Max Out Tax Savings Using a Qualified Charitable Distribution
In my last column two weeks ago, I discussed the hit to the charitable contribution deduction from recent tax reform. In doing so, I briefly touched on the use of a qualified charitable distribution (QCD) to minimize that impact and maximize tax savings, with the promise to dig into this planning tool deeper this time.
Basically, it works like this; if you are age 70Ω or older, you can make donations directly to charity out of your Individual Retirement Account (IRA). To take maximum advantage of a QCD, you can use it to replace some or all your IRA required minimum distributions (RMD). This effectively reduces your taxable income for the year, giving you a tax benefit from the donation even if you do not itemize your deductions due to the higher standard deductions under tax reform (see the article, "Tax Reform's Hit on Charitable Giving").
To qualify, there are some rules you must follow.
QCDs can be taken out of your traditional IRAs free of federal and many states, income tax. In contrast, other traditional IRA distributions are taxable (wholly or partially depending on whether you've made any nondeductible contributions to it).
Unlike typical charitable donations, you cannot claim itemized deductions for QCDs. No problem, though, since the tax-free treatment of QCDs equates to a 100% deduction. You will never be taxed on those amounts, and you do not have to worry about any of the restrictions that apply to itemized charitable deductions as discussed in the earlier article.
A QCD must meet all the following requirements:
ï It must be distributed from an IRA, and it cannot occur before you, as the IRA owner or beneficiary, reach age 70Ω. This includes an IRA inherited from the original owner.
ï It must meet the normal tax-law requirements for a 100% deductible donation. If you receive any benefit that would be subtracted from a donation under the normal charitable deduction rules (such as free tickets to an event), the distribution cannot be a QCD. Big red flag of caution here!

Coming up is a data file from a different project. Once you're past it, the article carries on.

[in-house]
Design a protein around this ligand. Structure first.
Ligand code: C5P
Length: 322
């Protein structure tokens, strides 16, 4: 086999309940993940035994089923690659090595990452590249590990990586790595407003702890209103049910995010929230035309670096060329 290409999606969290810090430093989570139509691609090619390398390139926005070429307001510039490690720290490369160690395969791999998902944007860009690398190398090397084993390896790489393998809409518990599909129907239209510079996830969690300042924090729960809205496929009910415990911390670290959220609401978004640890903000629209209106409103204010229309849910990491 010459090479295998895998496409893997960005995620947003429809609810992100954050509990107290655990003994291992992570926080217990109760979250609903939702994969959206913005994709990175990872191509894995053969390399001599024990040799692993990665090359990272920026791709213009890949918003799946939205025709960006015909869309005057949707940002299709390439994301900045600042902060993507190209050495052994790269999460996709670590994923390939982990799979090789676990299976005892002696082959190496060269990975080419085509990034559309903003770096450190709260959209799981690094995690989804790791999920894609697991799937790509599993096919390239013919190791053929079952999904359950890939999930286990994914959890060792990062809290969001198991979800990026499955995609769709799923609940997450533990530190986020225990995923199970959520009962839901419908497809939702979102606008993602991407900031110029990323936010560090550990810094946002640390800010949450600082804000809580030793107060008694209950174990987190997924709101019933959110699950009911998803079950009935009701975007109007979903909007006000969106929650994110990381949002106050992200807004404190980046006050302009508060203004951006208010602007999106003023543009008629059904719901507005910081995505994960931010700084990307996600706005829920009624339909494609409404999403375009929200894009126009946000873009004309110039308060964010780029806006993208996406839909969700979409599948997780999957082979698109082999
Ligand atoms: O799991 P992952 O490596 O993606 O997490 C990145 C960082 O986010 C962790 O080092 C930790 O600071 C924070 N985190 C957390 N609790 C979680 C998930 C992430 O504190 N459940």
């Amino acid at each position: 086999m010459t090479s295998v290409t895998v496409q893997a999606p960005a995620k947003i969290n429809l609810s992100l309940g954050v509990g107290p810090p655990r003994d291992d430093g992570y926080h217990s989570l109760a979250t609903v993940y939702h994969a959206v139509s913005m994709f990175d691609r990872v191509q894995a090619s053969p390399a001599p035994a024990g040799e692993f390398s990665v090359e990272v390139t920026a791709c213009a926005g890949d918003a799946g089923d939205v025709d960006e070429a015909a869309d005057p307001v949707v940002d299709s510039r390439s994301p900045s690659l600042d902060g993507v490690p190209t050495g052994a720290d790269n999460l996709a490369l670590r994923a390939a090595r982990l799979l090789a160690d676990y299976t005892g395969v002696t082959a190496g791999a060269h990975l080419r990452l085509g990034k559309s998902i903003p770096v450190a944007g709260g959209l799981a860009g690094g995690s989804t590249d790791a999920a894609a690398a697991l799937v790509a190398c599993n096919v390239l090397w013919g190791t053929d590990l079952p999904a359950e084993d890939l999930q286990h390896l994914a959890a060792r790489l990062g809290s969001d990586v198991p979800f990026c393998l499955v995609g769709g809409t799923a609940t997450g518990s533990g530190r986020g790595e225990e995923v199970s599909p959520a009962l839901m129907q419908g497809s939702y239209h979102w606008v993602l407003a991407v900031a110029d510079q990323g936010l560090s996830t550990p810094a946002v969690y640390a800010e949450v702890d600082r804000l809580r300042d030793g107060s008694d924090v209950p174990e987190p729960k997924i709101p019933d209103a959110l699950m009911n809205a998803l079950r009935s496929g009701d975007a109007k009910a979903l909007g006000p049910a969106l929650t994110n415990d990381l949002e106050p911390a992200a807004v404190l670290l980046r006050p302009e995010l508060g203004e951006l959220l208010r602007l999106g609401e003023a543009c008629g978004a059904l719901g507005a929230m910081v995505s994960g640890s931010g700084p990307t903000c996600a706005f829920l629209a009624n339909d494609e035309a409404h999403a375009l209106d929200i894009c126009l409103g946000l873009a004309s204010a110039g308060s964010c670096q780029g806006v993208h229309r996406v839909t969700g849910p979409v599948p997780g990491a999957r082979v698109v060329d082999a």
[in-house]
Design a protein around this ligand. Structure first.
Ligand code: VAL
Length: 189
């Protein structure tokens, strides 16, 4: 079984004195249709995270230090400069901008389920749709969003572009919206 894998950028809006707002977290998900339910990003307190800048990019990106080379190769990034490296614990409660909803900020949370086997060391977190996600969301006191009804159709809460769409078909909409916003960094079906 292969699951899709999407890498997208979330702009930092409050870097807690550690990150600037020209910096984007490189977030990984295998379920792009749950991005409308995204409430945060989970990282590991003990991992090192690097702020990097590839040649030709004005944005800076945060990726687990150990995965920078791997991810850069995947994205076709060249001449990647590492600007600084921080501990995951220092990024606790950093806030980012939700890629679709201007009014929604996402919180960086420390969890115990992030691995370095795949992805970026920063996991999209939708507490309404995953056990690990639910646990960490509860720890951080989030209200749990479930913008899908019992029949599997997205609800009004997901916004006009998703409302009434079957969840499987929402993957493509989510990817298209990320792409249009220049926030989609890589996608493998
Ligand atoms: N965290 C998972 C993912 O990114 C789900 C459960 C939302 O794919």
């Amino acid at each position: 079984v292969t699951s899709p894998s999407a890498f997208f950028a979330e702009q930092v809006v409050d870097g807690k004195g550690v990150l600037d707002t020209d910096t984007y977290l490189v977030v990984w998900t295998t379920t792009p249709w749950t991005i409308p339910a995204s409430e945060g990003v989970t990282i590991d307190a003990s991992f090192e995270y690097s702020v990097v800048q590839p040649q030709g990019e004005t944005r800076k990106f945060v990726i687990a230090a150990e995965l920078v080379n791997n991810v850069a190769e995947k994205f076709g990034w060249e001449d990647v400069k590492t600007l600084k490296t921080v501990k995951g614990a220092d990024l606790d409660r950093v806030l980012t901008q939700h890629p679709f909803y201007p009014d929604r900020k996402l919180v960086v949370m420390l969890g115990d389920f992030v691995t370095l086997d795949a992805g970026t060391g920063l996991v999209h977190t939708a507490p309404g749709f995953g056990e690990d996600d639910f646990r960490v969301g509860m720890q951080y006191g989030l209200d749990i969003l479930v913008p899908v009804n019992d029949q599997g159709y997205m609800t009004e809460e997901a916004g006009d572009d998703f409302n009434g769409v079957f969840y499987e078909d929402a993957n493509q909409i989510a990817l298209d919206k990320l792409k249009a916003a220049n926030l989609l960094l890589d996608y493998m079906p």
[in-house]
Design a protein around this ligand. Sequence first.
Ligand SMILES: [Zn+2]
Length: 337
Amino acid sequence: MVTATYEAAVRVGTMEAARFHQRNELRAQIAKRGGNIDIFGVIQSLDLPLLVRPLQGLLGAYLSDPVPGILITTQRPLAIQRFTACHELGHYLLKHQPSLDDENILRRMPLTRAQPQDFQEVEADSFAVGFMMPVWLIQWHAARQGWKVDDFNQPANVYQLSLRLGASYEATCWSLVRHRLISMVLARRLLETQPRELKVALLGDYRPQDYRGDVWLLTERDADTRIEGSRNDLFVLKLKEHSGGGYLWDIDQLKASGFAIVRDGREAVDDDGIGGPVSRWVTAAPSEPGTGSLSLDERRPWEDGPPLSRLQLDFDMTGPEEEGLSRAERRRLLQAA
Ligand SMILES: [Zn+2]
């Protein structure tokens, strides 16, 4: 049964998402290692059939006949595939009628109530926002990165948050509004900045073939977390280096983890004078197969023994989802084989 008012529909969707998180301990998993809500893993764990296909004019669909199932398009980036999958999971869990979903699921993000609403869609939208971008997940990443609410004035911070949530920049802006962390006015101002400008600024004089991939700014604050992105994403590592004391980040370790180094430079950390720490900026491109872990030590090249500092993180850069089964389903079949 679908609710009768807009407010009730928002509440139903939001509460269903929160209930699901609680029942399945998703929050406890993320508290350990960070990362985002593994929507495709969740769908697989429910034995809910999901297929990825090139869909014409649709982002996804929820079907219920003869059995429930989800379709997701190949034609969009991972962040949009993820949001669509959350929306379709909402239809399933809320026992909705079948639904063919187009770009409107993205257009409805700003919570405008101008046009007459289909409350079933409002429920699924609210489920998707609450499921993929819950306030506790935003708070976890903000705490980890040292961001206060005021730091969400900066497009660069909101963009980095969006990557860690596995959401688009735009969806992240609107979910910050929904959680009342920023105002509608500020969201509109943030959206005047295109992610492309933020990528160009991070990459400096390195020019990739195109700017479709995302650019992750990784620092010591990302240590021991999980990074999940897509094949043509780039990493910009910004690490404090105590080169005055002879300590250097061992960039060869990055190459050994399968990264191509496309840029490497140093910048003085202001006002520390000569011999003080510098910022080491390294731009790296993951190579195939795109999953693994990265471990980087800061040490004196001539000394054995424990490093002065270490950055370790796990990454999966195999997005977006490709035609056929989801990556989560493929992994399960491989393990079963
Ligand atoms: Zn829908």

ï It must be a distribution that would otherwise be taxable. A Roth IRA distribution can meet this requirement if it is not qualified (tax-free). However, making QCDs out of Roth IRAs is generally inadvisable for reasons explained below.
There is also a $100,000 limit on total QCDs for any one year. But if you and your spouse both have IRAs set up in your respective names, each of you is entitled to a separate $100,000 annual QCD limit.
QCDs have at least four potential tax-saving advantages:
1. QCDs aren't included in your adjusted gross income (AGI). This could mean less of your Social Security benefits are taxed, more of your rental estate losses are possibly deductible, and less of your investment income may be subject to the 3.8% net investment income tax, since these things are tied to the amount of your AGI.
2. As mentioned, a QCD from a traditional IRA counts as a distribution for purposes of the RMD rules.
3. QCDs are treated as coming from the taxable layer of your IRA balance. For example, if you own one or more traditional IRAs to which you have made nondeductible contributions your IRAs consist of a taxable layer (from deductible contributions and account earnings) and a nontaxable layer (the nondeductible contributions). QCDs come from the first, taxable layer. Any nontaxable amounts are left in your IRAs. Those nontaxable amounts can be withdrawn later tax-free by you or your heirs.
4. QCDs reduce your taxable estate, although that's not an issue for most folks right now since tax reform increased the federal estate tax exemption for tax years 2018 through 2025 to over $11 million per person.
So is a QCD right for you? As with many things, it depends.
In general, if you are someone for who reducing AGI would be beneficial as discussed above or who will not benefit from taking itemized deductions due to the increased standard deductions, then most likely you should consider using this technique. As I mentioned last time, we have seen clients save several thousand in tax by using a QCD to fund donations that they were going to make one way or the other.
One last question often asked is should a Roth IRA be used for a QCD. The answer is, generally no. The reason is this fairly simple. You and your heirs can take tax-free Roth IRA withdrawals after at least one Roth account owned by you has been open at least five years. Also, for original account owners (not beneficiaries), Roth IRAs aren't subject to the RMD rules until after your death. Thus, because the tax rules for Roth IRAs are so favorable, it is generally best to leave Roth balances untouched rather than taking money out for QCDs.
You probably can see now that tax reform has altered the playing field for charitably-minded folks. The use of QCDs can be a tax-smart opportunity for seniors with IRA money to make their desired donations.